Monday, December 26, 2016

Julbord - traditional Yule dishes

Of course Christmas itself has just passed (and I hope that those of you who celebrate it had a wonderful holiday, even if you only do so as a secular holiday of family, plenty, and generosity, with no religious overtones, like my family does), but the traditional date of Yule is still more than two weeks or so away, so we're continuing to Make Yule Great Again here at the Garden.

This time, I would like to present a few traditional dishes for your Yule feast. Most are more modern Scandinavian dishes from the traditional julbord, or Christmas buffet.

Swedish meatballs. It's not particularly a Yule dish, but come on. Can you really do a traditional Scandinavian buffet without them? Recipe here.

The Christmas ham. This is the centerpiece of the julbord; the ham, or julskinka, is first boiled, and then served cold, with a crust of mustard and breadcrumbs. Also note the continuing references to boars and pork (associated with the god Freyr) with the holiday. The Local (a Swedish news outlet) mentions that the pigs are killed on Lussinatta, at night. Recipe here.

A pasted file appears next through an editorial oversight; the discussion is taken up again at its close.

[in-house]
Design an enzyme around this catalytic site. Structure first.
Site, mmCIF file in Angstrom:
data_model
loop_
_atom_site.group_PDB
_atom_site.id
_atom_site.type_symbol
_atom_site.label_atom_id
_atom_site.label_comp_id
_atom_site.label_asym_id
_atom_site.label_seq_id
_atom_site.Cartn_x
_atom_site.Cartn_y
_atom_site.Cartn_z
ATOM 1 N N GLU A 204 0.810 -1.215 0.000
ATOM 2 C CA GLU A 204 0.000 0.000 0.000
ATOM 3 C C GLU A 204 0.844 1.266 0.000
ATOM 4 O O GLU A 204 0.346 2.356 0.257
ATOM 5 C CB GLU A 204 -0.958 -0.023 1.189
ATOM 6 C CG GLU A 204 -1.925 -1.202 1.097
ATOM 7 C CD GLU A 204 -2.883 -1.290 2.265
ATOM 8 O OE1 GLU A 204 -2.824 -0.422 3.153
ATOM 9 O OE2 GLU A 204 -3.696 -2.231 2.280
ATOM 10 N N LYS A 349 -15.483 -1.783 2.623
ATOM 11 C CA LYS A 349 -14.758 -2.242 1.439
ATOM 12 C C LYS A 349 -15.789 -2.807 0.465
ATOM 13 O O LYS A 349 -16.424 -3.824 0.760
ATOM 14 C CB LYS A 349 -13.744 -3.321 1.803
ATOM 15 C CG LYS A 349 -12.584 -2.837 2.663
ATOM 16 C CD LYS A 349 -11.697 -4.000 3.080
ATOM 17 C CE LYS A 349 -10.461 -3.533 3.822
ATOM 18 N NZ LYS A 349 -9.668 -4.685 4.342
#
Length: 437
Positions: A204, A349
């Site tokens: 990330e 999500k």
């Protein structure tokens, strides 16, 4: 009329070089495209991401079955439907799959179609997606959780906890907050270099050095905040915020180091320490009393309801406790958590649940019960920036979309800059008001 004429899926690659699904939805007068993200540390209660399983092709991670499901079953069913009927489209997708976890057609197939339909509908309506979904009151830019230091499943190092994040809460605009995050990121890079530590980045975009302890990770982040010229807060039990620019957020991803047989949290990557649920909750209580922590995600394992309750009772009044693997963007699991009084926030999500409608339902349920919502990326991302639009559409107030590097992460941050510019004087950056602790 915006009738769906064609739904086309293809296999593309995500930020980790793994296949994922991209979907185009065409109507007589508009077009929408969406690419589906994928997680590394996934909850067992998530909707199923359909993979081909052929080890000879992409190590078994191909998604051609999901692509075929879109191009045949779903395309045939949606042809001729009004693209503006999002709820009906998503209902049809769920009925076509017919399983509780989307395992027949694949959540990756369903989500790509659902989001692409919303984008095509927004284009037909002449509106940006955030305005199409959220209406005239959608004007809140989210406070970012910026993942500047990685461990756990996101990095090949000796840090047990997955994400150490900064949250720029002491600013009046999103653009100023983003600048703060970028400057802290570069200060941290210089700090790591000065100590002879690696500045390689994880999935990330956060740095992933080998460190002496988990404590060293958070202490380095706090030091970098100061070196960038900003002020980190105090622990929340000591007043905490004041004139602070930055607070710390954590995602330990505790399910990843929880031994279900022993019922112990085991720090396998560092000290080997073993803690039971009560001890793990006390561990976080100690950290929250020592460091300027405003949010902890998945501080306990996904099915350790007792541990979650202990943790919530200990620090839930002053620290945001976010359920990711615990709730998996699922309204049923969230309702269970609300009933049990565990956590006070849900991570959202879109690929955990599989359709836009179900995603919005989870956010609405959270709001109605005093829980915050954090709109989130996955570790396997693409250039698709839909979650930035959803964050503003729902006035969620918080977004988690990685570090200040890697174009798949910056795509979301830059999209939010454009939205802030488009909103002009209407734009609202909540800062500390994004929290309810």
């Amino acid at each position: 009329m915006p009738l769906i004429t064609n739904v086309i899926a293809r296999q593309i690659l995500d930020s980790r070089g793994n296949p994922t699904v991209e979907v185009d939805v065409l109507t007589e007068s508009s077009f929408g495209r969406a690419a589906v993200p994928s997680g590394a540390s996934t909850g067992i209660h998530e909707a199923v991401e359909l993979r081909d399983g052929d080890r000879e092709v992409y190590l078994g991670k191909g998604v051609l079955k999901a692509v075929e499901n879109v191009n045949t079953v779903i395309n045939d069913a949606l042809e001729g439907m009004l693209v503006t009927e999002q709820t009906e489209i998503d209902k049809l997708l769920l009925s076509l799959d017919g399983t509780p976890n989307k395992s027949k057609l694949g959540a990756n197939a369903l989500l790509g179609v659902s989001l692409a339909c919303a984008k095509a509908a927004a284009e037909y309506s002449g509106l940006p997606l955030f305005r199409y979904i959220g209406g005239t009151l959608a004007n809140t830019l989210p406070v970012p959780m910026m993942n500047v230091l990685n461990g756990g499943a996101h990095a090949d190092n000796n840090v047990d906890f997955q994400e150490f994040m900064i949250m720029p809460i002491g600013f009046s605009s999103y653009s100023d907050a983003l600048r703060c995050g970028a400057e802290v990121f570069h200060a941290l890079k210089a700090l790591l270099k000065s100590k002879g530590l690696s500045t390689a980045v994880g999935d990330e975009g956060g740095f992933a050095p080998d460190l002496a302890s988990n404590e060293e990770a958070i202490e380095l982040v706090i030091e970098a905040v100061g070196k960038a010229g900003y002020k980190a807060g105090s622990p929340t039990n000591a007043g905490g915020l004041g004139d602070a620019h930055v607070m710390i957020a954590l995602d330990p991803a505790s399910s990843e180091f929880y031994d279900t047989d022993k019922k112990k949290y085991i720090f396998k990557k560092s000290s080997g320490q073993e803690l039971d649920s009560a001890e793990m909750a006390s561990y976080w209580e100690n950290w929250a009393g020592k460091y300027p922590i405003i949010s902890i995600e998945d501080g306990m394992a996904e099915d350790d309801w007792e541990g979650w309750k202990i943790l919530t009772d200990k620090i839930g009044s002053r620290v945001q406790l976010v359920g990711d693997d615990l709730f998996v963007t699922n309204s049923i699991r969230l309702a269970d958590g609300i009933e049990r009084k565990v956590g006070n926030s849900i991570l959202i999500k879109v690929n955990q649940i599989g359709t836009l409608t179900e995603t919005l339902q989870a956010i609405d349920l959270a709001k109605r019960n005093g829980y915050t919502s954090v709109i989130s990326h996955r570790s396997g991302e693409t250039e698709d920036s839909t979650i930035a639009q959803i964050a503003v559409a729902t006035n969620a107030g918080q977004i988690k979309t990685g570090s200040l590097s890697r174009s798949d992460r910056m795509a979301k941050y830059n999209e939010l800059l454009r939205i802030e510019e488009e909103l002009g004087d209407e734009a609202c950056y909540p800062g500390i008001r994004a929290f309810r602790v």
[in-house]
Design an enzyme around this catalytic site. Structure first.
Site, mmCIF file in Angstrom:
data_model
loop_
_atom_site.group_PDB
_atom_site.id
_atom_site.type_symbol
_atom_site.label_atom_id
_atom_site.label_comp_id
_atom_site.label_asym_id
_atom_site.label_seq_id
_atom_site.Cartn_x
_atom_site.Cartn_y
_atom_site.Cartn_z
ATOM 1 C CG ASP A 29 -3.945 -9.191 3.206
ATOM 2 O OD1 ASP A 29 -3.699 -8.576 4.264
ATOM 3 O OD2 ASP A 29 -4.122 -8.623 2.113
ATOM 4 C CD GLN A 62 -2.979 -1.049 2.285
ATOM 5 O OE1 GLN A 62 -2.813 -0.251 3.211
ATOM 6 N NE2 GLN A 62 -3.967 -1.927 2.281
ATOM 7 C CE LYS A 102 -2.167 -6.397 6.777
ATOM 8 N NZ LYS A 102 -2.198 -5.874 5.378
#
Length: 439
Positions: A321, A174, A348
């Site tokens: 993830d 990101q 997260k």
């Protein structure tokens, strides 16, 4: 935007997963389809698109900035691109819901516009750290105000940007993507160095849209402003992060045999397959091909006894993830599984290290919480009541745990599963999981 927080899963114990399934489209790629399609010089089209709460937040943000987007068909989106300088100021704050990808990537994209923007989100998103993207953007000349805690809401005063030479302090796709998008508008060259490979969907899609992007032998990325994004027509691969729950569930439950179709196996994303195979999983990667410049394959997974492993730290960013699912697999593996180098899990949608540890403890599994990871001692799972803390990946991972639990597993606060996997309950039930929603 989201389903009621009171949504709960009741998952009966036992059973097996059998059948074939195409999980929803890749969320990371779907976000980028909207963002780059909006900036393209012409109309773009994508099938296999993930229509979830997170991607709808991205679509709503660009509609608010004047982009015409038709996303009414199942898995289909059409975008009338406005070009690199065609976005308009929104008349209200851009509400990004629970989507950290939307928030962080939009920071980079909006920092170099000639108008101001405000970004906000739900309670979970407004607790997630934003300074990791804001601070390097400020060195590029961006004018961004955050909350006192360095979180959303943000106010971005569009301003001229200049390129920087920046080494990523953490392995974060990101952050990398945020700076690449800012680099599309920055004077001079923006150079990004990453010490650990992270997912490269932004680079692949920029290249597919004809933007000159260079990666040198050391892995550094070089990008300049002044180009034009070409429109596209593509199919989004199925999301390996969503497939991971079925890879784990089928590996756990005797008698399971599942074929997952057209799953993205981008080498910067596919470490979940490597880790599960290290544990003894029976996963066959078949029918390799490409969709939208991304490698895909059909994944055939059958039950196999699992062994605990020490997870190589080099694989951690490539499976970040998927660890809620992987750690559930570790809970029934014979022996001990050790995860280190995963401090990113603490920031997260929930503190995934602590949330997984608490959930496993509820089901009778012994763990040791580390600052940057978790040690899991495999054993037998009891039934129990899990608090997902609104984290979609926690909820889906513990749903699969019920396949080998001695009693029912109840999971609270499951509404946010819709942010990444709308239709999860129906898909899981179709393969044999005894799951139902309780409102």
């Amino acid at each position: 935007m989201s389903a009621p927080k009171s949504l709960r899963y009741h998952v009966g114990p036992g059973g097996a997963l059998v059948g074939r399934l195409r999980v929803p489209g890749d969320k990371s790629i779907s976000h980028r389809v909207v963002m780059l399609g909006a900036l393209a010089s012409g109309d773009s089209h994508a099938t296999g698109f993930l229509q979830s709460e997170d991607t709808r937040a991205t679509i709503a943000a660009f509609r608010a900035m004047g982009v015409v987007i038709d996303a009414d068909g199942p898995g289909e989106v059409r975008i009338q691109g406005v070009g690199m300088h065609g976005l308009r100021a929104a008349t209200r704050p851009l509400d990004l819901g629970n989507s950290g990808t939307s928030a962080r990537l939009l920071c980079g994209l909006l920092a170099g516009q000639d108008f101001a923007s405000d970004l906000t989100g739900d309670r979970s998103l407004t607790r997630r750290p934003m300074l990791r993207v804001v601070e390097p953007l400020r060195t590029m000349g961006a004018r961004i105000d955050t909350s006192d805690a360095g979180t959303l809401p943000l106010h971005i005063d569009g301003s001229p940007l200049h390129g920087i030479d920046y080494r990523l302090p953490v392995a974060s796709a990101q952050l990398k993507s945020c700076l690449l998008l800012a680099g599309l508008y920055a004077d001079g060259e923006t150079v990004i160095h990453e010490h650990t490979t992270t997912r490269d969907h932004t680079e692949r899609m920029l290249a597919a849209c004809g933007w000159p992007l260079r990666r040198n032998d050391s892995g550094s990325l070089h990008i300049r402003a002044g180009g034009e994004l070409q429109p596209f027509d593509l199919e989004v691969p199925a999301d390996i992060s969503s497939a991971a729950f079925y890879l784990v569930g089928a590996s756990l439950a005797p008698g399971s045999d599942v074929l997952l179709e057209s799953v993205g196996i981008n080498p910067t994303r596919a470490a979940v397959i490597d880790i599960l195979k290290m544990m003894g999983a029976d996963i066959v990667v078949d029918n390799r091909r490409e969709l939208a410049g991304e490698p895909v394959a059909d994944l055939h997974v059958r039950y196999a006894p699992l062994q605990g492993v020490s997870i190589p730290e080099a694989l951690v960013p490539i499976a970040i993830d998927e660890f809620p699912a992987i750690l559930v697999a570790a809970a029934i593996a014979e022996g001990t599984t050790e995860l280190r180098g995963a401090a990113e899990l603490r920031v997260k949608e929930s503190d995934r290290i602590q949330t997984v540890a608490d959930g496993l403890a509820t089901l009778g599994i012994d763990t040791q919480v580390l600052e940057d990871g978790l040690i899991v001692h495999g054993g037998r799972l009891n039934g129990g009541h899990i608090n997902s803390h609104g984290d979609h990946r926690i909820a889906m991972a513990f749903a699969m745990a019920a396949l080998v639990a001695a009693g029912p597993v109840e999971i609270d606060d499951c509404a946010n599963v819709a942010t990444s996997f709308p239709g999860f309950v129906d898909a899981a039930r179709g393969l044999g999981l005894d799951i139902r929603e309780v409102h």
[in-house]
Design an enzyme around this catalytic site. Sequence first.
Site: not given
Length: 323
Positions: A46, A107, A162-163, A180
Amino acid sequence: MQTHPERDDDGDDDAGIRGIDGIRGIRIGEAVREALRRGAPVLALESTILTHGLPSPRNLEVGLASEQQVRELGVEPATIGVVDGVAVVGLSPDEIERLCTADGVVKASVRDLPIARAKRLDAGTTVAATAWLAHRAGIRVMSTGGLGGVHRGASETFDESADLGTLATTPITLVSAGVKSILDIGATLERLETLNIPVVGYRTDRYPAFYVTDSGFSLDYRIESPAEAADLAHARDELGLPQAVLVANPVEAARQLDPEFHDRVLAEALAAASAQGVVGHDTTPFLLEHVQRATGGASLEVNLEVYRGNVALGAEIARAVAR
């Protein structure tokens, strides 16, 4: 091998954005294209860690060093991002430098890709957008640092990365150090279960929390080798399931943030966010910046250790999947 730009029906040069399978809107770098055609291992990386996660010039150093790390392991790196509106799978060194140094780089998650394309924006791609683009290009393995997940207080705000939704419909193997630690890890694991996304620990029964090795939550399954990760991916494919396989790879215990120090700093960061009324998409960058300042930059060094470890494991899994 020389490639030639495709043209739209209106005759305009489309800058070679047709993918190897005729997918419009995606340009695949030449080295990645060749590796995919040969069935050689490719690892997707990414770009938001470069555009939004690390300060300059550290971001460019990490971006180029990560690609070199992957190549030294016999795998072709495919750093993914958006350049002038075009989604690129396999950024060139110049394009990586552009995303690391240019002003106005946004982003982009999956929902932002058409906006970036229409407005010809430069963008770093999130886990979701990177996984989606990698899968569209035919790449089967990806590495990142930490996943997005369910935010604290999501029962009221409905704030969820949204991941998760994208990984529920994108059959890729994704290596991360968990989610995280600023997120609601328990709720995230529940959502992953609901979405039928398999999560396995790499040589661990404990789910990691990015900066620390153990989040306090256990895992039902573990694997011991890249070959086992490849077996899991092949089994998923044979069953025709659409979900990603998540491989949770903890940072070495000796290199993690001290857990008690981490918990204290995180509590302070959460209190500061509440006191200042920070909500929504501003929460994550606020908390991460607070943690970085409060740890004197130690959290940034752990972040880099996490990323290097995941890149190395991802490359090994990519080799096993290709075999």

Pickled herring. Pickled fish is a staple in Scandinavian countries as a rule, but it is especially brought out in the cold winter months, when fresh fish would be something of a rarity. Generally, this is something to be store bought, but the adventurous might try to make their own with the recipe here.

Lutefisk. Errr... yum?
Lutefisk. Take air-dried whitefish, soak it in lye and salt for days, and then rinse it off and cook it once it becomes gelatinous. I've never dared try it (and I eat just about anything) but it's a staple in Norway and Sweden in the traditional Julbord, eaten with boiled potatoes. Want to make it? There's a recipe here. Good luck Paisan!

Yule bread. A traditional Viking recipe, flavored with cardamom and almonds. Recipe here.

Norwegian Christmas Bread. Another recipe, almost akin to an English pudding rather than a bread, with raisins and walnuts. Recipe here.

Dopp i grytan. Called "dip in the pot" in English, this is a custom of dipping bread into the reduced juices used to cook the ham, like a fondue. I've never done it, but it sounds amazingly good. Recipe here.

Janssons Frestelse. If you want to get more adventurous than the boiled potatoes mentioned above (and nothing says you can't do both!), try this sort of scalloped potato dish, with anchovies (I happen to love anchovies, and the thought of the salty fish mixed in with the creamy potatoes and onions sounds great). Recipe here

Marzipan Pig. Obviously a new addition to the menu, this dessert course made of shaped almond paste seems obviously tied back to the recurring themes of boars and Freyr and Yule. And isn't the little apple in its mouth adorable? Marzipan recipe here.

Glad Yule to all!

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